4.     Students were initially intimidated by the prospect of working with minority children in the La Red Mágica practicum but then became enthusiastic about being able to make a difference. As one of the students wrote at the end of the semester on the class interactive web, “I have to admit that I was very scared about this teaching practicum at the LACC. I will be the first one to admit that I sometimes stereotype minorities. I am from a little town that is 99% white and I have not been exposed to "inner city" and minorities. This was definitely an eye opening experience. At first I was very afraid. I was even afraid of getting too close, emotionally, to the kids. I expected the kids to come each day in the same torn and ripped up clothing. I expected the kids to be very deprived also. But it was nothing at all like that. I was very uncomfortable at first around the kids. I know this may sound very prejudice, but it was mostly because they were a minority. But after I have gone through these experiences, I have realized that these kids are the same as any others. I no longer look at people differently because they are a different minority. I think this course was a very good thing for me. I needed to see that there are different kinds of people out there and it is okay to be different. It helped me to be comfortable around all kinds of people. I am definitely comfortable around these kids now. They come up to me and hug me and I don't think anything at all of it. This will definitely help me to become a better teacher. One of my biggest fears, coming from a predominately white town, was minority students in the classroom. I know that after this class I don't need to be afraid of this anymore. This could not have been a better class for me to take to open up my eyes.”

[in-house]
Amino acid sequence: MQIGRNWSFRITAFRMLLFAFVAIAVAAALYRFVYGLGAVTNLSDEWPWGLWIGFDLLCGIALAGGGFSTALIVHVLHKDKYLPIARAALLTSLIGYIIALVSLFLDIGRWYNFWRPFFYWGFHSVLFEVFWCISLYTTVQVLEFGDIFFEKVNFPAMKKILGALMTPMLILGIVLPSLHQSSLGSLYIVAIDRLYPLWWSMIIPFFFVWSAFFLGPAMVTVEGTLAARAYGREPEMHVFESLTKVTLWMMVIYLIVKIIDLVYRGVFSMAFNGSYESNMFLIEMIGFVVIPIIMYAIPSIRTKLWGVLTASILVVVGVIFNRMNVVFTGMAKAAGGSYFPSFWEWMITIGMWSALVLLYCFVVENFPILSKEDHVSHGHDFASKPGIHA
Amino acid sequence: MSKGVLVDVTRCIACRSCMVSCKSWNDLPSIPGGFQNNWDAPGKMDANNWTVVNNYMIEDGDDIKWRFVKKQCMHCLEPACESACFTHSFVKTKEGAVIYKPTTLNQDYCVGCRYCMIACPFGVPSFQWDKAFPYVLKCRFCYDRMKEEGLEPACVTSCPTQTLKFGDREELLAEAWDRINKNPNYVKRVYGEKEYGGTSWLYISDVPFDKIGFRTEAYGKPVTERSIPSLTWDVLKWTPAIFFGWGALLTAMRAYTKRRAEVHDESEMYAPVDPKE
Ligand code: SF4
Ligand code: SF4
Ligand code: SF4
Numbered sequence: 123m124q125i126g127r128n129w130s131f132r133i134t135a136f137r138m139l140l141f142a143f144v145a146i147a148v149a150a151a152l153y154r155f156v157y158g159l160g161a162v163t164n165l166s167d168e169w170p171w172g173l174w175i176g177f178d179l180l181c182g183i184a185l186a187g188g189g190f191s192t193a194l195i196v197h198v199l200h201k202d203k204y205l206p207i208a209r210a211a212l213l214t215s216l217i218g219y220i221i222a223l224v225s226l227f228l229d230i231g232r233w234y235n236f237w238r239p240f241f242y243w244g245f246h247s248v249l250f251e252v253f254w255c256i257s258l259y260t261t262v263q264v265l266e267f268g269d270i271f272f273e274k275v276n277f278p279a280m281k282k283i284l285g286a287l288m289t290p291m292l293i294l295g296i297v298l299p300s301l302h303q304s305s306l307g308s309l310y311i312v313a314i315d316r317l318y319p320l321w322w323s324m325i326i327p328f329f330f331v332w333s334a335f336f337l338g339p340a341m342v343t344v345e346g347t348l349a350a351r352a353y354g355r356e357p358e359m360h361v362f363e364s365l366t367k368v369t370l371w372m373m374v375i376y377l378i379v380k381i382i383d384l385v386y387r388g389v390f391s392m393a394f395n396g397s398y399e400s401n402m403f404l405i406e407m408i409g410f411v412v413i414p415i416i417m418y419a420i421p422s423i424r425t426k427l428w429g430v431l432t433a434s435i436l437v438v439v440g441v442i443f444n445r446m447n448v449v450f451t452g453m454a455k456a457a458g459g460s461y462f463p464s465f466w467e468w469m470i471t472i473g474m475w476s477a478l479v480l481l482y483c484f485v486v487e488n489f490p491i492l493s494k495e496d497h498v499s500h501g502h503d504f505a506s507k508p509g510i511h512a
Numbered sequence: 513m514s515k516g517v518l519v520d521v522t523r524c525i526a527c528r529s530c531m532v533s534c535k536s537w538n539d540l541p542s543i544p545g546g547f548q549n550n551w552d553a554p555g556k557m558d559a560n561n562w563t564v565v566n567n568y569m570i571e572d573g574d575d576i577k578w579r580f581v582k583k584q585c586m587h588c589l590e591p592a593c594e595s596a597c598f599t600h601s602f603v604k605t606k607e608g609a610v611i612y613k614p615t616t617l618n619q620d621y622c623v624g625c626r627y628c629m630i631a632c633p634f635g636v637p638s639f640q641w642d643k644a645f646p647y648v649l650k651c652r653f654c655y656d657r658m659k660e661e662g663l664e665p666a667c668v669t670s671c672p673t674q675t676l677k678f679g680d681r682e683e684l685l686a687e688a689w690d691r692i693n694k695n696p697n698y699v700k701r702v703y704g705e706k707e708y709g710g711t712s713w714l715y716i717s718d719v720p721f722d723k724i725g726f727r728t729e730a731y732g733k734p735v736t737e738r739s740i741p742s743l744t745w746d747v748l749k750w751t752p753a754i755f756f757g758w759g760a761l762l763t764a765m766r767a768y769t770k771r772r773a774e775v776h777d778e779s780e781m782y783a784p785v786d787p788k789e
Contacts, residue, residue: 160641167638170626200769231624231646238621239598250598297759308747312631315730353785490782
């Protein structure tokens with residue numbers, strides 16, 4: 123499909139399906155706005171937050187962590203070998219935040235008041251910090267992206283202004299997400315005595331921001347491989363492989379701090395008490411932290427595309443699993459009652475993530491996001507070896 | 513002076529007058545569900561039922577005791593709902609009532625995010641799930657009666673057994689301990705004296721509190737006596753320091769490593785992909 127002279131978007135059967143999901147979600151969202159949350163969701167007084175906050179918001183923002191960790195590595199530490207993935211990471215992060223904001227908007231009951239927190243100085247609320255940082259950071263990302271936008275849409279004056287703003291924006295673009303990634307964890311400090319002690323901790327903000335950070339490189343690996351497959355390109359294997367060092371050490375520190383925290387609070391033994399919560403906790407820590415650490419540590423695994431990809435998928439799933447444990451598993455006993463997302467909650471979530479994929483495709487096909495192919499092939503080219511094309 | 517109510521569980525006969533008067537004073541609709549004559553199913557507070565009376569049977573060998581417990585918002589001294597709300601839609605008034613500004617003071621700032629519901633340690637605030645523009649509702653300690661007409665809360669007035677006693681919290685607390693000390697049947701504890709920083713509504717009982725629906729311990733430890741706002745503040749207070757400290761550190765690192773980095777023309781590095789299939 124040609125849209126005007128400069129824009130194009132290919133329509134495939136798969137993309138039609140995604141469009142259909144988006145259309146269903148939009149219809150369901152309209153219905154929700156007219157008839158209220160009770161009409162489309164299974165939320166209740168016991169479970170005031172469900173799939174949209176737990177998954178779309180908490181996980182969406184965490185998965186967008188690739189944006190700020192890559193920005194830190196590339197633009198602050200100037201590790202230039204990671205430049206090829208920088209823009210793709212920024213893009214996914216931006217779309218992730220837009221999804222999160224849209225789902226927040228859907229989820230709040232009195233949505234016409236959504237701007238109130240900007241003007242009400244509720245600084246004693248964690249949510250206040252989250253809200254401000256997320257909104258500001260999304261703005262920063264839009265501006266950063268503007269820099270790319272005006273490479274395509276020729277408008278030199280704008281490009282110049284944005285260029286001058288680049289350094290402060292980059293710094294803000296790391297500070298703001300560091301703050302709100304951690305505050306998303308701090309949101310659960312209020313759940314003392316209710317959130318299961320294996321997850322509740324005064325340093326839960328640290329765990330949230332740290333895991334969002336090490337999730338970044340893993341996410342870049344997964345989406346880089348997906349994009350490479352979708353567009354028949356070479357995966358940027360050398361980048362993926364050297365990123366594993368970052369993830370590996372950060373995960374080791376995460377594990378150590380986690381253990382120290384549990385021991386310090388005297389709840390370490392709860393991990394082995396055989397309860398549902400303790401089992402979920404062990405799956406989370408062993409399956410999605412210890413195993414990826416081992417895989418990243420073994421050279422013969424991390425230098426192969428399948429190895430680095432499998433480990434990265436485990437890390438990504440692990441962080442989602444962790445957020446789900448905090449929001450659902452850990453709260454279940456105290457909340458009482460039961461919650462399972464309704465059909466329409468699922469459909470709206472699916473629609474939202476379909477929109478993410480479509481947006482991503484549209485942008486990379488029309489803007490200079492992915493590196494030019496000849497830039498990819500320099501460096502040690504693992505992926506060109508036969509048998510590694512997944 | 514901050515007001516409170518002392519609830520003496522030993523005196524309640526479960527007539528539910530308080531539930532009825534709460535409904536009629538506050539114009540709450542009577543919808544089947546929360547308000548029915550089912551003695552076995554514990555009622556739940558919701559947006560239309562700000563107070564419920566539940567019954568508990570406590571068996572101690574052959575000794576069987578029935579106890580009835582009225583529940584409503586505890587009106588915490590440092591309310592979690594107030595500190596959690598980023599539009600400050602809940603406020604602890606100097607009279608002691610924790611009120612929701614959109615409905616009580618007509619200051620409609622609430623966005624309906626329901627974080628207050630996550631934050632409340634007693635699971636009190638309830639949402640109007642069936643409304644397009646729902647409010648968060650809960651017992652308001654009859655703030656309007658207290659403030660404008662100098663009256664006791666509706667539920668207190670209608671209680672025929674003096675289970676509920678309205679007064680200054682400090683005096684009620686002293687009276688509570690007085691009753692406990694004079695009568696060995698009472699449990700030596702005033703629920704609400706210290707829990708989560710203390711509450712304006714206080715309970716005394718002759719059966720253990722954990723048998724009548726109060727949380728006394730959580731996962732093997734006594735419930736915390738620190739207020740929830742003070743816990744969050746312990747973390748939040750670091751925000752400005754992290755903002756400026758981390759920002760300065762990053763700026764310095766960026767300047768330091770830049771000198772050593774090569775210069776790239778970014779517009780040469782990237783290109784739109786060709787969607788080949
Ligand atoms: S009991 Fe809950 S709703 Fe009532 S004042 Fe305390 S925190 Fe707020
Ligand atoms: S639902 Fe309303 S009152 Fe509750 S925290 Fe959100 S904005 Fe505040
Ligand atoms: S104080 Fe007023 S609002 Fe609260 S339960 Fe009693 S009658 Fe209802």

5.     The students’ perception of the minority children improved.  In the class survey, at the beginning of class, 2/3 of the students blamed minority children (e.g., laziness, lack of motivation) and/or their parents (e.g., lack of interests in their children, parental neglect) as the main reason for academic failure of many minority children. A student form the Fall class was invited to give a talk to the new Spring class associated with the La Red Mágica project, “I came to LACC and my whole perspective changed. I thought that the kids would be very stereotypically … you know, not well dressed.  I was under impression that they would not be so… normal. …[The student told how the LACC children taught her Spanish while she was teaching them French.] We had a lot of fun.  I really miss them!”